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Kidney Int. 1995 Jan;47(1):241-6.

Toward novel antirejection strategies: in vivo immunosuppressive properties of CTLA4Ig.

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  • 1Mario Negri Institute for Pharmacological Research, Division of Nephrology, Bergamo, Italy.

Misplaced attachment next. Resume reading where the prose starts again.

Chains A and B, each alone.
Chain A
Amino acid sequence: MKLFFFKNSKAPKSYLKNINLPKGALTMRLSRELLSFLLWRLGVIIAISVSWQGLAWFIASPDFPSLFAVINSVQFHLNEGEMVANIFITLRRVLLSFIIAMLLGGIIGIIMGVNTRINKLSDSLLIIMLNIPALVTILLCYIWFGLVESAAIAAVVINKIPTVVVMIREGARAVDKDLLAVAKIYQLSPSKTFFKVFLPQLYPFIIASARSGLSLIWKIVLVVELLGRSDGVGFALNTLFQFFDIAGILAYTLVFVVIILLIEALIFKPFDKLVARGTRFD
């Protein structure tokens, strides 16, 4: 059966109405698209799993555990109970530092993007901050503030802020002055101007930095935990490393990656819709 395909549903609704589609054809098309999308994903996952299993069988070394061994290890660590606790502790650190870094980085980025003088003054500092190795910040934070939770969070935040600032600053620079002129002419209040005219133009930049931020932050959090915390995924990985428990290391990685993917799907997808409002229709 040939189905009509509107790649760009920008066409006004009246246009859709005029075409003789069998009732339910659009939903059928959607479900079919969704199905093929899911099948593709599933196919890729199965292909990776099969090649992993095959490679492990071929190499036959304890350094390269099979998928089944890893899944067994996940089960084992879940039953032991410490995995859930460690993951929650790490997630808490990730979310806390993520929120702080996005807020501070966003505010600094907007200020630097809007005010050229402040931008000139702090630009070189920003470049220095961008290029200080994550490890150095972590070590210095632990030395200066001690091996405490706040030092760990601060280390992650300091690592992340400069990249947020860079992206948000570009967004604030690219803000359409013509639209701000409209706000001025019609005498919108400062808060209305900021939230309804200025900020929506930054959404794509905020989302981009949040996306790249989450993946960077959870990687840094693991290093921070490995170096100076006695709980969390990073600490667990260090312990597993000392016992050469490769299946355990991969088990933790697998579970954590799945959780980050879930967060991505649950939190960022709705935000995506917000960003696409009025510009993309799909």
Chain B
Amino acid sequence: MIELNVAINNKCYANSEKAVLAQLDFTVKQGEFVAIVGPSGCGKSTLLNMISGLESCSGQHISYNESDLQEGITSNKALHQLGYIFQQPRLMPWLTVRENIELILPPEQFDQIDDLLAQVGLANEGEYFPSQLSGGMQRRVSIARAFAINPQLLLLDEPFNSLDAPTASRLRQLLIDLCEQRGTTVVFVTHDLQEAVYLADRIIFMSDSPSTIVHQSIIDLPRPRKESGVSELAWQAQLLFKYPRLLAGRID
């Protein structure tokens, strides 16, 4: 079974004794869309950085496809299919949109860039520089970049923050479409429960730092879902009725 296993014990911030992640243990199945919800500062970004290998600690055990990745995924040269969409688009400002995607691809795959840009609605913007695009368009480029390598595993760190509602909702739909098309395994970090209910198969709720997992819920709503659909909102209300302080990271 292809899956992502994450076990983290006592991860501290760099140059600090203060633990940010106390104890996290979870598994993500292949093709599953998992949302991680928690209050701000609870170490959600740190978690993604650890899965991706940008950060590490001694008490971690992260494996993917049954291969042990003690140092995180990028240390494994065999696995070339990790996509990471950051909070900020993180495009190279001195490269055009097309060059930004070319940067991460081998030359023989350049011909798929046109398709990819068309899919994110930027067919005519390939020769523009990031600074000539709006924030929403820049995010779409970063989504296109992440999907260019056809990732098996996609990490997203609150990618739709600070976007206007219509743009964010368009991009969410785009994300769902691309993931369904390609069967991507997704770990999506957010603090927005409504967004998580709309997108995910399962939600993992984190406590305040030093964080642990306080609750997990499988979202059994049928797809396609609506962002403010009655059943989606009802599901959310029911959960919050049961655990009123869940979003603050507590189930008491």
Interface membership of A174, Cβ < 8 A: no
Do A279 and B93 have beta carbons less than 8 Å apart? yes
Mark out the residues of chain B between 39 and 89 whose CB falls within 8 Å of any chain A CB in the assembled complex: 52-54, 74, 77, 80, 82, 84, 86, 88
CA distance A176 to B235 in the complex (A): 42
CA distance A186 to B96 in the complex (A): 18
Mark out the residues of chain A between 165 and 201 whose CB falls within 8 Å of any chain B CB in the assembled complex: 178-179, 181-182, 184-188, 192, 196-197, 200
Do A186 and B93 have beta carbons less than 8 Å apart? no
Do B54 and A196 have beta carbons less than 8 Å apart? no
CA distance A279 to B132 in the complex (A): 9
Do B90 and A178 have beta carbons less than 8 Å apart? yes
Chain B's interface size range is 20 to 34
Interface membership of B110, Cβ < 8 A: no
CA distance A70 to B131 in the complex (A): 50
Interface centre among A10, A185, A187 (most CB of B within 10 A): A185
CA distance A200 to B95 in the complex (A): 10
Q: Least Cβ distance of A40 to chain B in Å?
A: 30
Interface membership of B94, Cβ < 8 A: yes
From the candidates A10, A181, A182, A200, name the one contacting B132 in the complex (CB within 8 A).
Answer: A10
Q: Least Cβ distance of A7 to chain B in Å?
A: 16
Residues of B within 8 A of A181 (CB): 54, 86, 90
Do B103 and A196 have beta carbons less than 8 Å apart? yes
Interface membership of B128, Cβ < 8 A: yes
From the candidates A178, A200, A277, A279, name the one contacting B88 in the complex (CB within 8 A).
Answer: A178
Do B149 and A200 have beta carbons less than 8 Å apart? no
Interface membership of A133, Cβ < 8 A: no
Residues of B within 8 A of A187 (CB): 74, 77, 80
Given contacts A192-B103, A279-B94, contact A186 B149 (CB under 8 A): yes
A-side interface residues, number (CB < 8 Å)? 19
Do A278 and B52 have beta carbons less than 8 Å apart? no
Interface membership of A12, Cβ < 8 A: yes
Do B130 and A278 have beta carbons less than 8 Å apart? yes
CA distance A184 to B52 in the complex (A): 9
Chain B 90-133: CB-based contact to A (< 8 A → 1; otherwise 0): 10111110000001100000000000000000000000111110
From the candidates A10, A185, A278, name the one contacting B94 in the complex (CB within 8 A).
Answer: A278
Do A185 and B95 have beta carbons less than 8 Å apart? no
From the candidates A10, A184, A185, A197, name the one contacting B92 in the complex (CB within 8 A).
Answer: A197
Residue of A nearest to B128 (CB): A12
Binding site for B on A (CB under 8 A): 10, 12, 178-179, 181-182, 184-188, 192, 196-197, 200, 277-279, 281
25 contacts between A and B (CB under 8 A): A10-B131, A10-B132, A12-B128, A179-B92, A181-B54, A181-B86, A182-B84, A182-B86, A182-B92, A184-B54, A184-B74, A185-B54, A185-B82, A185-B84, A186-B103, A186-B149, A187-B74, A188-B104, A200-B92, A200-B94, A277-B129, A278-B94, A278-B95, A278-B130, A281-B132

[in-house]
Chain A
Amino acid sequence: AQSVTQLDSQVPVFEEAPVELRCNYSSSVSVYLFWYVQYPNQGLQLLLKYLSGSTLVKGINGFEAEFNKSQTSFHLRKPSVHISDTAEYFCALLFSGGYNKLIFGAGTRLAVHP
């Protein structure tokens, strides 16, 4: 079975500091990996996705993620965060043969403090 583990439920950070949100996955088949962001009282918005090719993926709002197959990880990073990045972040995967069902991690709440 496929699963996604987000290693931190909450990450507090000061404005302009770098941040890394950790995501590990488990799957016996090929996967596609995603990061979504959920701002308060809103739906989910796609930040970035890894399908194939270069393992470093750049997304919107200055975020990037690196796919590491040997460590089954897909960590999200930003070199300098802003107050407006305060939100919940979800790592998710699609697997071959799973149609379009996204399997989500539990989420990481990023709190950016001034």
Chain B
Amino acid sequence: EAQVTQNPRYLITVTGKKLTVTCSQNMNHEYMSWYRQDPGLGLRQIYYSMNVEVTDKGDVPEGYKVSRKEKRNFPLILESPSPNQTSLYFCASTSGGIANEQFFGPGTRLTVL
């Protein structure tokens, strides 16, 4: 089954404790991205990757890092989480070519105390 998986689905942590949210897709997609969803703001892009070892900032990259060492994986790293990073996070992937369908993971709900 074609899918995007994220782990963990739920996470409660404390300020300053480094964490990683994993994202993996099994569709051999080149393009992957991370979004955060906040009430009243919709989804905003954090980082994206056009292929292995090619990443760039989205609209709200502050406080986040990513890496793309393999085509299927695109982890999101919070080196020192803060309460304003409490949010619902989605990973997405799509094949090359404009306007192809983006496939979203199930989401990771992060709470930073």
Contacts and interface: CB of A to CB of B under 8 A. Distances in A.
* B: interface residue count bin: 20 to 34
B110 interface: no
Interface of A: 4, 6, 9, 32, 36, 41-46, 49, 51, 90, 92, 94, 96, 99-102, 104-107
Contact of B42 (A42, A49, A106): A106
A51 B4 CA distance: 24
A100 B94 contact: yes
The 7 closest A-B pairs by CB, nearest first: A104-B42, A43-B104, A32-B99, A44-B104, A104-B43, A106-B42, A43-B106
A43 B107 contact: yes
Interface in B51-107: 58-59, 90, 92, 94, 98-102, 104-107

Allograft rejection is a process that depends on T cell receptor-ligand interaction and costimulatory signals generated when accessory molecules binds to their ligands, such as CD28 to the B7 molecules. We investigated the possibility that B7 blockade in vivo by the soluble CD28 receptor homolog CTLA4Ig modulates rejection process in a rat model of kidney allograft. Lewis rats orthotopically transplanted with MHC incompatible kidney from Brown-Norway rats were given an intraperitoneal injection of CTLA4Ig (0.2 or 0.5 mg/day) or a nonspecific immunoglobulin for seven days, starting the day of transplant. While control rats rejected the graft within 10 days, all animals given CTLA4Ig had a prolonged kidney allograft survival, independently from the dose of the fusion protein employed. Actually, at the dose of 0.2 mg/day kidney grafts survived 36 to 50 days (median 44 days), while with the highest dose graft survival was 40 to 60 days (median 50 days). In all CTLA4Ig-treated rats renal grafts were well functioning as documented by serum creatinine concentrations comparable to age- and sex-matched control rats 30 days after transplant. At this time in vitro mixed lymphocyte culture (MLR) experiments showed a significant reduction of proliferation of peripheral blood lymphocytes from CTLA4Ig-treated rats when challenged with BN but not third party Wistar Furth lymphocytes. We have also shown that combining a short course of CTLA4Ig (0.2 mg/day) with a dose of cyclosporine (CsA) low enough to fail to inhibit graft rejection allowed indefinite engraftment of kidney allograft without the need of continuous immunosuppression.(ABSTRACT TRUNCATED AT 250 WORDS)

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